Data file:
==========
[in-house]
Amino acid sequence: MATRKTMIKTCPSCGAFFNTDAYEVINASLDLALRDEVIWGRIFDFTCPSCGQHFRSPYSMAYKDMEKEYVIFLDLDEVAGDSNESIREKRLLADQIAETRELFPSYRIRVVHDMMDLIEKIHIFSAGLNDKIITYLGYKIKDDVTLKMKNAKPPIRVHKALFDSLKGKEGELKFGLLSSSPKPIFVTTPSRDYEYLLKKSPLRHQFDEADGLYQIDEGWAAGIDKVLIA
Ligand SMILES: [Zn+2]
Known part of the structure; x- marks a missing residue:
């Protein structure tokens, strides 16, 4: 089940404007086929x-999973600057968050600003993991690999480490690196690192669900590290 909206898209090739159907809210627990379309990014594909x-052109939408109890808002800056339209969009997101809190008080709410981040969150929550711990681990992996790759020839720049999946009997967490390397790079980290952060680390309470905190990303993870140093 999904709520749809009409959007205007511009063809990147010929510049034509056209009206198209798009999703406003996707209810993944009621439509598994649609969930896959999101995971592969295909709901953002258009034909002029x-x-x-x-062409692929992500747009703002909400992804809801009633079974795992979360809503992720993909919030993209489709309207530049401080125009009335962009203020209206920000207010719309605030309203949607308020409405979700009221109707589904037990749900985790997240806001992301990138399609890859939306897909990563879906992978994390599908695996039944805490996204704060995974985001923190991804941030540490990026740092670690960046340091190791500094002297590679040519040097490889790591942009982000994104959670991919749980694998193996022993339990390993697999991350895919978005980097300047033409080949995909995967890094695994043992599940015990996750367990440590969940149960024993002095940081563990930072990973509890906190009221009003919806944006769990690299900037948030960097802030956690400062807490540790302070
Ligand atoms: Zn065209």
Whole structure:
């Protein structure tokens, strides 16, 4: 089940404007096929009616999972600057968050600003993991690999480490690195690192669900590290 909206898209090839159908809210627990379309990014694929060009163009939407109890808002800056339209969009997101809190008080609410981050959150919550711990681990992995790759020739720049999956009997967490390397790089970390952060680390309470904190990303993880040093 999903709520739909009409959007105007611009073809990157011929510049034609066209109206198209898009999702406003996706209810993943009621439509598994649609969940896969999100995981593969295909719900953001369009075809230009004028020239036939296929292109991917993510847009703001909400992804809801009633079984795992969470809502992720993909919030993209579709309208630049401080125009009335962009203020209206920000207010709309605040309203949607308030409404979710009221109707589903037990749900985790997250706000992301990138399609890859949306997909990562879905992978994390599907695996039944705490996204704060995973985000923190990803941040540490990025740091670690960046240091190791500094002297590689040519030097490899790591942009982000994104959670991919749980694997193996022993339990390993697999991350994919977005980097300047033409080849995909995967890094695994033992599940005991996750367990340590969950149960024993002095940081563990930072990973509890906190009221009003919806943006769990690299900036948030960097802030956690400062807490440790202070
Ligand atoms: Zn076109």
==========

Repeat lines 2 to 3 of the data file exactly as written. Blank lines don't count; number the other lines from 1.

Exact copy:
Amino acid sequence: MATRKTMIKTCPSCGAFFNTDAYEVINASLDLALRDEVIWGRIFDFTCPSCGQHFRSPYSMAYKDMEKEYVIFLDLDEVAGDSNESIREKRLLADQIAETRELFPSYRIRVVHDMMDLIEKIHIFSAGLNDKIITYLGYKIKDDVTLKMKNAKPPIRVHKALFDSLKGKEGELKFGLLSSSPKPIFVTTPSRDYEYLLKKSPLRHQFDEADGLYQIDEGWAAGIDKVLIA
Ligand SMILES: [Zn+2]